So recently I went to the store to buy a bunch of tile to play with in different ways(mostly with my laser). However lasers aren't the only way to play with spray paint and tile. What if I didn't have a certain color of tile or wasn't in the mood for a white background? I decided to try using some of my old cartoon decals as a resist. Thus the screaming cartoon beaver coasters came into being. If you want to make your own custom coasters that can double as trivets come along for a simple project that looks great when all is said and done.
Step 1: Tools and Materials
- Box Cutter
- Plastic card(like a frequent shopper card or credit card)
- 4.25 inch Ceramic Tiles
- Spray paint(I used Orange and Black)
- High temp clear spray paint(I used this. It is only needed if you want to use it as a trivet. If you are want to use it for cold beverages only you can just use any clear coat)
- Vinyl Decals(you can make your own or buy one you like. If you are making your own check out this instructable by TSTricky)
- 4 inch self adhesive cork tiles
Step 2: Base Coat, Time Travel, and Apply Decals
The first step to this process is to put an even coat of a base paint on your tile. Since I was going to do contrasting coasters I painted one tile back and the other tile orange. To get a good paint job on the tile they want to be clean so give them a good wipe down before painting them. The goal is to get a nice even coat of paint. My trick to achieve this is to start the spray off to the side of the tile then bring it across the tile till I am off on the other side. This keeps me from having paint build up as I change directions. Once the base coat was on the tiles I knew I had some time to kill. According to the labels on the spray paint cans it was a little over an hour. With that in mind I did a quick unrelated and absurd project while the paint dried enough for me to continue on with this project. With the paint dry it was time to take the mini trees out of my beard and apply the vinyl decals to the tiles. I centered my screaming beaver decal and placed it down. I wanted to make sure it was really on there so the next coat of paint wouldn't seep under the decal. Once I had the decal where I wanted it I used my road side service card to apply even pressure and make sure the decal wasn't going anywhere. With the decal firmly attached I carefully removed the transfer tape. The tiles were now ready for the second coat of paint.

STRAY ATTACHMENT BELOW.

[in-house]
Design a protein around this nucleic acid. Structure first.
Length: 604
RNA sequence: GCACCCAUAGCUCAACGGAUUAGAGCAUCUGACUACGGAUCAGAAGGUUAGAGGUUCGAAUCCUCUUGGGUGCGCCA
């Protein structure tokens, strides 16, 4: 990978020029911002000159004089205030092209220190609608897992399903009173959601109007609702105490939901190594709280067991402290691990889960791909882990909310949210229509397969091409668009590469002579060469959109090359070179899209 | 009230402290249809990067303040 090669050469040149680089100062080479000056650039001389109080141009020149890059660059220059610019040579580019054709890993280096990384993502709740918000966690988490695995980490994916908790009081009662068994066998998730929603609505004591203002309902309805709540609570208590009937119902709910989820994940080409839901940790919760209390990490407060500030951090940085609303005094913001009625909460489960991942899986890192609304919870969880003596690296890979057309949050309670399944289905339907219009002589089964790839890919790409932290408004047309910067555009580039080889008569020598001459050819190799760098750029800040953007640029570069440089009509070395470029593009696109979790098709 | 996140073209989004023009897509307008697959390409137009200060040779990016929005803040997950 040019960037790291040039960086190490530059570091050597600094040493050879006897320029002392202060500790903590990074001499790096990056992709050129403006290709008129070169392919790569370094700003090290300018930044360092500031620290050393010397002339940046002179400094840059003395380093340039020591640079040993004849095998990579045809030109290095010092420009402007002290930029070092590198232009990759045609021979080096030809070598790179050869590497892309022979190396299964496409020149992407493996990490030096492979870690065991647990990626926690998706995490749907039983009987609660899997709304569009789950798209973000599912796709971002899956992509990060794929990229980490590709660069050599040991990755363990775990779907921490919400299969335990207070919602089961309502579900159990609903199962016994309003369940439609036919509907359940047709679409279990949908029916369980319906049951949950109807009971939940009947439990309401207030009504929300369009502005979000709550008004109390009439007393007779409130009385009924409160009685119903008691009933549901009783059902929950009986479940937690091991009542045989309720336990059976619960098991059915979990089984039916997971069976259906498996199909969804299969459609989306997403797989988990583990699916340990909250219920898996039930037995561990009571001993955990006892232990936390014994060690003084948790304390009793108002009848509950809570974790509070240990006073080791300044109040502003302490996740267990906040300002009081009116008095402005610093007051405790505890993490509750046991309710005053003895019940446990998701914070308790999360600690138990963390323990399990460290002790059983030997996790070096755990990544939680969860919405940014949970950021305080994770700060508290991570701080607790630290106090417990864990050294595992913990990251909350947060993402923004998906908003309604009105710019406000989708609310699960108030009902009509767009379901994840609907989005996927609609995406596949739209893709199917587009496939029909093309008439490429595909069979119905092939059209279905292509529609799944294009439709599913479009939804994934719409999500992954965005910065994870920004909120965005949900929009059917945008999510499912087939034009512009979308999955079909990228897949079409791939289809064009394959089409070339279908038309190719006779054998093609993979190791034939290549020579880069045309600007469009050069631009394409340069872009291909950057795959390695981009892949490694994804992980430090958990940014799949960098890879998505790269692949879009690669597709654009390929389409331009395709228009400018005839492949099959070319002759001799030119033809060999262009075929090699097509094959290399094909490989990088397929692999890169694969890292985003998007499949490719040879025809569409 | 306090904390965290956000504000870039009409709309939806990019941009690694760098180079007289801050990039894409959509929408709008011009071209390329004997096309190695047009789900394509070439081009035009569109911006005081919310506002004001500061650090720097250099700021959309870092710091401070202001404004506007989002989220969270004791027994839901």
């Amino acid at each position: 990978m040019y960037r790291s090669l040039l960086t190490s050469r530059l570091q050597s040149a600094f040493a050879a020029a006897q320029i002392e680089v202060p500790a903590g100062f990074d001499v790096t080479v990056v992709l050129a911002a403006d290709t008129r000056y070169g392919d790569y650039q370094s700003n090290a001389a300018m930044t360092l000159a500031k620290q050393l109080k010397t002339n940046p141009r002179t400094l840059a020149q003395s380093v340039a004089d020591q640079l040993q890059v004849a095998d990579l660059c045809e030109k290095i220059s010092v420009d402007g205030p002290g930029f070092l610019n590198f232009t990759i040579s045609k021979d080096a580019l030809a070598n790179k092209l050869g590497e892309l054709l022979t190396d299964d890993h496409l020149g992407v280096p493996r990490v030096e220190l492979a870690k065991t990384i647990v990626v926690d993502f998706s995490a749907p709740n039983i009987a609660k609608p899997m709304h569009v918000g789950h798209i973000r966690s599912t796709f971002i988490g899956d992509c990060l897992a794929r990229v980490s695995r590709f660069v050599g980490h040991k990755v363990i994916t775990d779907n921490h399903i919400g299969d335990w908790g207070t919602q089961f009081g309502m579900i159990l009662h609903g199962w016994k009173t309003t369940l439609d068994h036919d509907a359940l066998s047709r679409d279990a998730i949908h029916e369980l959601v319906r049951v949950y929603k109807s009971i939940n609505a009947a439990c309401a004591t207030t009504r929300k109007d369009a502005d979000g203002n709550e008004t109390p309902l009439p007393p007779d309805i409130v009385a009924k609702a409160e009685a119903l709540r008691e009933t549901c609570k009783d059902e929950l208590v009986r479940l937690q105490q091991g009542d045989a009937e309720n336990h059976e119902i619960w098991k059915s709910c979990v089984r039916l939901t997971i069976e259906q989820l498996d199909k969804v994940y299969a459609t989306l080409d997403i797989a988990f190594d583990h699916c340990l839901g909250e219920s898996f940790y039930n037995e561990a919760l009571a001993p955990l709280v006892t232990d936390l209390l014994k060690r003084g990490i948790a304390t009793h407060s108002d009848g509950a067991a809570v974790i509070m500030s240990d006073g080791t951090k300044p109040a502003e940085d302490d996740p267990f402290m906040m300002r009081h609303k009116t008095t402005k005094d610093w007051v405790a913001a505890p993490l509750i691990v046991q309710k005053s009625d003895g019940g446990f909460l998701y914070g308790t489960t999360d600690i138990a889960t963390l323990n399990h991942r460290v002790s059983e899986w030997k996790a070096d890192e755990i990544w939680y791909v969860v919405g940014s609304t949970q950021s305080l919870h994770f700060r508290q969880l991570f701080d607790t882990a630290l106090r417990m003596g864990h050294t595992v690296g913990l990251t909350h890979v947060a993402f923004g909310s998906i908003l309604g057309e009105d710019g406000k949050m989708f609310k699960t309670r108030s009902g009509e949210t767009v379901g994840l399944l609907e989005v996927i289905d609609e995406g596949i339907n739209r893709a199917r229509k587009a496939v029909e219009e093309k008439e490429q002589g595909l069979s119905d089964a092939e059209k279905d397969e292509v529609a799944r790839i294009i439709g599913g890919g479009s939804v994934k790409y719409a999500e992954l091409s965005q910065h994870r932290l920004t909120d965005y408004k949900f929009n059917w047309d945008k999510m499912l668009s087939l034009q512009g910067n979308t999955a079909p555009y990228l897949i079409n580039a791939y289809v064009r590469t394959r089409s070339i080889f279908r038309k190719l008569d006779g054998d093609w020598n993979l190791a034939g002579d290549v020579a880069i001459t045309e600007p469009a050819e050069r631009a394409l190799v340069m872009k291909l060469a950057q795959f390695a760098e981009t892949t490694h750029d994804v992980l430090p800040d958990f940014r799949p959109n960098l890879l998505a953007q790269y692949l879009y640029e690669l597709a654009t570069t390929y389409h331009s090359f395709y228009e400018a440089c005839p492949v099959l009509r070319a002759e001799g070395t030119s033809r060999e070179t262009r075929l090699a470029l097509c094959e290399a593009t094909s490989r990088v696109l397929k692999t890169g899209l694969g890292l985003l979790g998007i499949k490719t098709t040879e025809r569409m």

Step 3: Paint, Peel, Cork, Cut, and Clear Coat
Back to the painting table I applied an even coating of the contrast paint. The black tile got a coating of orange and the orange tile got a coating of black. I painted these coats the same way as I did the first coats. I needed to wait for the paint to dry again so I ate lunch and started working on this instructable. Now that the tiles were dry I carefully peeled the decals off the tiles exposing the contrasting colors. With the screaming beavers true colors revealed it was time to stick a cork on it.
The bottom of the tiles are quite rough and would damage the very surfaces the coasters are meant to protect if left uncovered. To avoid this I stuck the self adhesive cork to the back side of the tiles. I noticed the corners of the ceramic tiles was inset. I was worried that this would be a failure point as the tiles were used. So I took my box cutter and trimmed the corners. Now it was time to put the final high temp clear coat on. I applied this coat in the same way I did the others. Now I had just had to bide my time till I could enjoy my coasters.
Step 4: Enjoy Your Custom Coasters
Now that the coasters were dry I mixed up a nice cold beverage in one of my custom etched glasses(Which also used vinyl decals as a resist) and sat back to enjoy the evening. These coasters where the caps stone to a day of making and bring a bit of humor to my table. I hope you enjoyed reading about my adventures in coaster construction. If you make some coasters of your own I'd love to see how they turn out.
This is an entry in the
Colors of the Rainbow Contest